Double skin façades are façade technologies that have the perspective of reducing energy use and improving comfort in buildings due to their adaptable nature. Exhaust-air façades offer the possibility to utilize solar energy by recovering heat from the façade cavity. However, the cavity overheating can be detrimental on the summer performance. Predicting performance and optimizing the system during the design phase is a challenge, especially when the cavity-air is integrated into the HVAC system. Whole-building energy simulation (BES) software tools are an adequate tool for calculating whole building performance, although these can have limitations in the accurate replication of complex building elements. The paper analyses the available and applied modelling approaches within a BES tool, and compares the outputs in terms of cavity temperature, horizontal and vertical temperature profiles, and heat flux through the façade. The sensitivity of the results on the modelling approach is evaluated. Results can serve as a guide for practitioners on the selection of the modelling approach for a given task.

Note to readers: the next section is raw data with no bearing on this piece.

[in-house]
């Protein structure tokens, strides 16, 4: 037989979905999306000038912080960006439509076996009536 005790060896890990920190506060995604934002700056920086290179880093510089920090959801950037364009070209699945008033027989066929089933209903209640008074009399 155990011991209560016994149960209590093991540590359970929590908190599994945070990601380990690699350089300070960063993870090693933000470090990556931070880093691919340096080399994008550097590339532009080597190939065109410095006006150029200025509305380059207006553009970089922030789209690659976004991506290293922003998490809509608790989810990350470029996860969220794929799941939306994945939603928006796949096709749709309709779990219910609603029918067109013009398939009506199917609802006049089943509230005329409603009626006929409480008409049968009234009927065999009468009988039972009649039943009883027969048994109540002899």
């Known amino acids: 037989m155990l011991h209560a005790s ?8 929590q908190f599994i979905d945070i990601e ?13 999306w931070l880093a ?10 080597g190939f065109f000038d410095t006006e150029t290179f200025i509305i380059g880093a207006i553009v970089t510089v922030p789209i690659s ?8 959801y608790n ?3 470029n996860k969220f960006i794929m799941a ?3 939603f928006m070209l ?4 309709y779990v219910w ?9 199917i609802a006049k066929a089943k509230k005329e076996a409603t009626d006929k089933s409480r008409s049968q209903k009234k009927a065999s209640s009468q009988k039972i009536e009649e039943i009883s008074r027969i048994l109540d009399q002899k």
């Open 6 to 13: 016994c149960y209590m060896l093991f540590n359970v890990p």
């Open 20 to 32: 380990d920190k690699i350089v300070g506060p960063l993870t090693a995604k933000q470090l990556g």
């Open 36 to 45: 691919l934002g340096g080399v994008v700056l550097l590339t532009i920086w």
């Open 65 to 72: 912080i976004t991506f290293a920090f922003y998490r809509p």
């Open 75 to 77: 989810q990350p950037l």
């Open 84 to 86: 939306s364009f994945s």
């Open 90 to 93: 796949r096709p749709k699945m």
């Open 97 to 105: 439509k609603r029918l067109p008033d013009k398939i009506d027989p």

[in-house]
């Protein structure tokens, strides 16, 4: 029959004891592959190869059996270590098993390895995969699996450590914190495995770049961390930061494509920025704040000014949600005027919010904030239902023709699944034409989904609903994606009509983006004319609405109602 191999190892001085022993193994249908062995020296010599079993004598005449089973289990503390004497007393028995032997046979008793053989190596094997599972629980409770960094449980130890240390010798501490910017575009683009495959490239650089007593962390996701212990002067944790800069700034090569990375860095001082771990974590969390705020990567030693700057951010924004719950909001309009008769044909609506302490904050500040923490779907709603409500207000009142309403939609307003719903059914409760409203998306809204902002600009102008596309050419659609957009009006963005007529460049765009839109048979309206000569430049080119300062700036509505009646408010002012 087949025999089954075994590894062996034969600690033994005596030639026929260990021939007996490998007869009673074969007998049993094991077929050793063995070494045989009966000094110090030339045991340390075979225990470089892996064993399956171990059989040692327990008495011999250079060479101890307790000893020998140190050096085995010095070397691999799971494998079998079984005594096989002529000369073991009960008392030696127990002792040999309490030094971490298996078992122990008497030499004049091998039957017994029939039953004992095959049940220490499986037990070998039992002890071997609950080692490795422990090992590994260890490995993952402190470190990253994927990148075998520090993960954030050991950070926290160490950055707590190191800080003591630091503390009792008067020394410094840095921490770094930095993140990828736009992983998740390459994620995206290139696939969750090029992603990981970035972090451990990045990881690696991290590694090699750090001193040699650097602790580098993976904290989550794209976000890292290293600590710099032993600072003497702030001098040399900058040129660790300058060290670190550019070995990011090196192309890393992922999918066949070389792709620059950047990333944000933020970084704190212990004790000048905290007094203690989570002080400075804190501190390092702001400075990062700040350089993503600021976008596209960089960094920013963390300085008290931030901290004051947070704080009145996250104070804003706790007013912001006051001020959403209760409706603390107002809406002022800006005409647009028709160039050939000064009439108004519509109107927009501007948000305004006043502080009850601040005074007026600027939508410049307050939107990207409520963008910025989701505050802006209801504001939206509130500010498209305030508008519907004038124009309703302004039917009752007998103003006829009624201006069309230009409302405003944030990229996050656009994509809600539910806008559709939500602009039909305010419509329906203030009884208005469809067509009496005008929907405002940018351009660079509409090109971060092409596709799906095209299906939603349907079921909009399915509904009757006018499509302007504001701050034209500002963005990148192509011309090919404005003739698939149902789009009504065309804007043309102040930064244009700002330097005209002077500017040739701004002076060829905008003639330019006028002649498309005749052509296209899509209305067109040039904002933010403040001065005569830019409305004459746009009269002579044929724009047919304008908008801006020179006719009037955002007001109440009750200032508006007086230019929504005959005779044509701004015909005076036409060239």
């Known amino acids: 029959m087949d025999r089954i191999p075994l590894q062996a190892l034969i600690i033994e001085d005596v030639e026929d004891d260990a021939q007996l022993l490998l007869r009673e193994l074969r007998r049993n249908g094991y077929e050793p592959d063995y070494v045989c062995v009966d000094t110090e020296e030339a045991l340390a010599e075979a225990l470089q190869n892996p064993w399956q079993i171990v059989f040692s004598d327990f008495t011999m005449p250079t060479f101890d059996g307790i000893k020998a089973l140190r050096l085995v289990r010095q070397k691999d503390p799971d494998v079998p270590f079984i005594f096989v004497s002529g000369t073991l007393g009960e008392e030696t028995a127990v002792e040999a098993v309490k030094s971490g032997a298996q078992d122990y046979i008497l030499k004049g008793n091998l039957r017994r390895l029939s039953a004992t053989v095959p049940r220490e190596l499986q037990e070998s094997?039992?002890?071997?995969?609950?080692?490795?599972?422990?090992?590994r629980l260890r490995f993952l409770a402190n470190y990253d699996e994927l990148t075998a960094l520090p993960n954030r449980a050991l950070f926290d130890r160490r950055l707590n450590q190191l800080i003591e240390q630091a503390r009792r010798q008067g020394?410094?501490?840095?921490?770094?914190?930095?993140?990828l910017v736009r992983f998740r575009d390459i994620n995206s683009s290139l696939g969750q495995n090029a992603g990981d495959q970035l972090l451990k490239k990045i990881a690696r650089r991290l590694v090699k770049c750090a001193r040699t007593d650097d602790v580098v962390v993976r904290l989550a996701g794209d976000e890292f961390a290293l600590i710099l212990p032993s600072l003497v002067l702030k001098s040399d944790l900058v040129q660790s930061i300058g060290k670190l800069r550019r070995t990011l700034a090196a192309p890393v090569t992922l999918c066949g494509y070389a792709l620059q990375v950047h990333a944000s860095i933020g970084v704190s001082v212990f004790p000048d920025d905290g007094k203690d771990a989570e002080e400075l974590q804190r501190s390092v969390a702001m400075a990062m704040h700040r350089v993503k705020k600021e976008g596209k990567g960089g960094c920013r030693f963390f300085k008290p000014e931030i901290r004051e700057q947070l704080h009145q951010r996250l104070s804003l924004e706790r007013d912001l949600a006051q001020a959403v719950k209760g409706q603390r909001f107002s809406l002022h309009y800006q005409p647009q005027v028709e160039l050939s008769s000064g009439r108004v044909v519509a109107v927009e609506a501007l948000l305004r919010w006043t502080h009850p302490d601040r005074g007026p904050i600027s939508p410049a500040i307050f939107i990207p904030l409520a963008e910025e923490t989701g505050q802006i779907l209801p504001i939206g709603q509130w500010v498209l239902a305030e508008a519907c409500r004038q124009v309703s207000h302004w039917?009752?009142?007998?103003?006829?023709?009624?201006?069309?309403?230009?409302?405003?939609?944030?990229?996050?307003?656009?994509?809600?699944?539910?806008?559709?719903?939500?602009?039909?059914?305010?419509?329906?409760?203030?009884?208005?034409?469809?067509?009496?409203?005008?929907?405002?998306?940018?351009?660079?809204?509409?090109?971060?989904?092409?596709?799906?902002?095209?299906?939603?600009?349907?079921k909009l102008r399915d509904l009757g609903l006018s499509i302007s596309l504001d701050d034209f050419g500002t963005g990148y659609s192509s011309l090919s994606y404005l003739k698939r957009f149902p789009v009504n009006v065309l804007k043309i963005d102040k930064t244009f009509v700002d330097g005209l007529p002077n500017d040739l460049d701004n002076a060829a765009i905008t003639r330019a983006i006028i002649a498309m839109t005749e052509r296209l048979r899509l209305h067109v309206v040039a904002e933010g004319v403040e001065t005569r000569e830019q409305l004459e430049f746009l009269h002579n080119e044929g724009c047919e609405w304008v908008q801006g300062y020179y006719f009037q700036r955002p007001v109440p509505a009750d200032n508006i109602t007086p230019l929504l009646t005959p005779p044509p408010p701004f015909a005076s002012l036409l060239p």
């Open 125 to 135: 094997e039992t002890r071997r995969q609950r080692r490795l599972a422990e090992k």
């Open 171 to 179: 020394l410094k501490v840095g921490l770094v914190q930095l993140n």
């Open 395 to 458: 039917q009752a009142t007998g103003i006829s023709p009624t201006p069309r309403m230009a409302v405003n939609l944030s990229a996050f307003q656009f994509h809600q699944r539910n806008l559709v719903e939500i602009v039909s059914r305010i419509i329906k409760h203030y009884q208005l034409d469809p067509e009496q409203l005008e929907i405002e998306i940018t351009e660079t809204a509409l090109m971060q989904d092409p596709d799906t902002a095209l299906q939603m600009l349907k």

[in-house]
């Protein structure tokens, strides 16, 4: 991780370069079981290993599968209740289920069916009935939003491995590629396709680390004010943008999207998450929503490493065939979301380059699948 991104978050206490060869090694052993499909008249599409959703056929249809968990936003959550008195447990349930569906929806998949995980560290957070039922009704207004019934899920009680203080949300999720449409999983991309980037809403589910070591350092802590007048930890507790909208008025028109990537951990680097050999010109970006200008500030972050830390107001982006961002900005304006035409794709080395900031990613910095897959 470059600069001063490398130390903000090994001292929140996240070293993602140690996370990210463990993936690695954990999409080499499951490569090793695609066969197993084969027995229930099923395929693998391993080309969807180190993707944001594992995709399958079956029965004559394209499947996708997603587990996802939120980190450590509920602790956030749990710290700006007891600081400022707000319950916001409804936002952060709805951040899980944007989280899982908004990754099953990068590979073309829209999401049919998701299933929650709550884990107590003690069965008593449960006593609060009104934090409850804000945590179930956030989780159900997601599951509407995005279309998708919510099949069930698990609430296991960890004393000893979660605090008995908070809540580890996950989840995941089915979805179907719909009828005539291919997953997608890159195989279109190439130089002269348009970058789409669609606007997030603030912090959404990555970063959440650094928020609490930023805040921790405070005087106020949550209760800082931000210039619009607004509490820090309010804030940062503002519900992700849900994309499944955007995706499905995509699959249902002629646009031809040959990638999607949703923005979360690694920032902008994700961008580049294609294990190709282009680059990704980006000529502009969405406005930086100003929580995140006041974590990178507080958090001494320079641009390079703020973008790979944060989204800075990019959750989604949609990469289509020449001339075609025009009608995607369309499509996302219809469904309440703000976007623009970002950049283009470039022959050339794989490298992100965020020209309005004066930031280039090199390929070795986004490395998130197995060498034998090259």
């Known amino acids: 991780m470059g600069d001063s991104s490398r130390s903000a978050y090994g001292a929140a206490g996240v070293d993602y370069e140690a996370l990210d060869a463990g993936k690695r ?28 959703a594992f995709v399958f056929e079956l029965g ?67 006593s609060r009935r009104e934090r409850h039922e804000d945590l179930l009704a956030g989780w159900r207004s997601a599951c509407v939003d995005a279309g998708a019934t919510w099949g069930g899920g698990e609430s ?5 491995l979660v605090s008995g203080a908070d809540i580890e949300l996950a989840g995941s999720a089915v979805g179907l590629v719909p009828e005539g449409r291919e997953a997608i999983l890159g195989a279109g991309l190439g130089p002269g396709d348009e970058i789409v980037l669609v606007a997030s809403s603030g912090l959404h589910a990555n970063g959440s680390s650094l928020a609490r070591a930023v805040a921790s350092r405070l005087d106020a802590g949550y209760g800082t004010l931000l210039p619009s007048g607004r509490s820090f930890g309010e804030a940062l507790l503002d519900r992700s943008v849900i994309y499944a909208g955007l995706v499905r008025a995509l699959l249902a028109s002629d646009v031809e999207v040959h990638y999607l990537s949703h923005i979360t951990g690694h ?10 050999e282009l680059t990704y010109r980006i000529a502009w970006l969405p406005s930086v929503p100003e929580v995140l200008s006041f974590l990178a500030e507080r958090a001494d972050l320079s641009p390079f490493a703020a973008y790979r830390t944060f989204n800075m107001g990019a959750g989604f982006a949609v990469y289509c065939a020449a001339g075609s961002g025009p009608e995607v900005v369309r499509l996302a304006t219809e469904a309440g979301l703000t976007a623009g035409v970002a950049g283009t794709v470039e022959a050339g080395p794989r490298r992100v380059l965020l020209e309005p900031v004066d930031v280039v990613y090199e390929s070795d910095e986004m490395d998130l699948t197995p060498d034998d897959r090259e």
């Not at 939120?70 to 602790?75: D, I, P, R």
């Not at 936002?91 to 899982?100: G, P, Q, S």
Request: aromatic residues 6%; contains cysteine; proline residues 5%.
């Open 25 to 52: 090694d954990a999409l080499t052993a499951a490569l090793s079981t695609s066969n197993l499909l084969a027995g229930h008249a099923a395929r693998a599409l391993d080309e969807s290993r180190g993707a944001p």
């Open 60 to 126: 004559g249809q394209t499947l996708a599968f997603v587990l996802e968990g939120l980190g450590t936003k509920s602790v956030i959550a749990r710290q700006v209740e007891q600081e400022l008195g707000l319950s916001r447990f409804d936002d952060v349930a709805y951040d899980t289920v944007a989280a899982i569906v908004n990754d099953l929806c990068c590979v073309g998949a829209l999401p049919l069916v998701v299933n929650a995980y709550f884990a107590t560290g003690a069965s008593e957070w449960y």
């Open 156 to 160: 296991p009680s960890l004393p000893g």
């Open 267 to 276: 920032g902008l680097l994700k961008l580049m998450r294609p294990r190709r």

The construction of double-skin glass facades in Hungary has mainly design or acoustic motivations. The potential energy savings or risks of double-skin facades are, however, not commonly evident. This fact is not surprising if we notice that there is no widely excepted classification of these constructions. In the following article different facade typologies are compared (Pottgiesser, BBRI, Széll) and an attempt to develop a transparent classification system is made. Subsequently a few chosen facade types, which are expected to perform well in the Hungarian climate, are evaluated through computer simulation programs to serve as a guideline for the design on climates similar to the domestic one.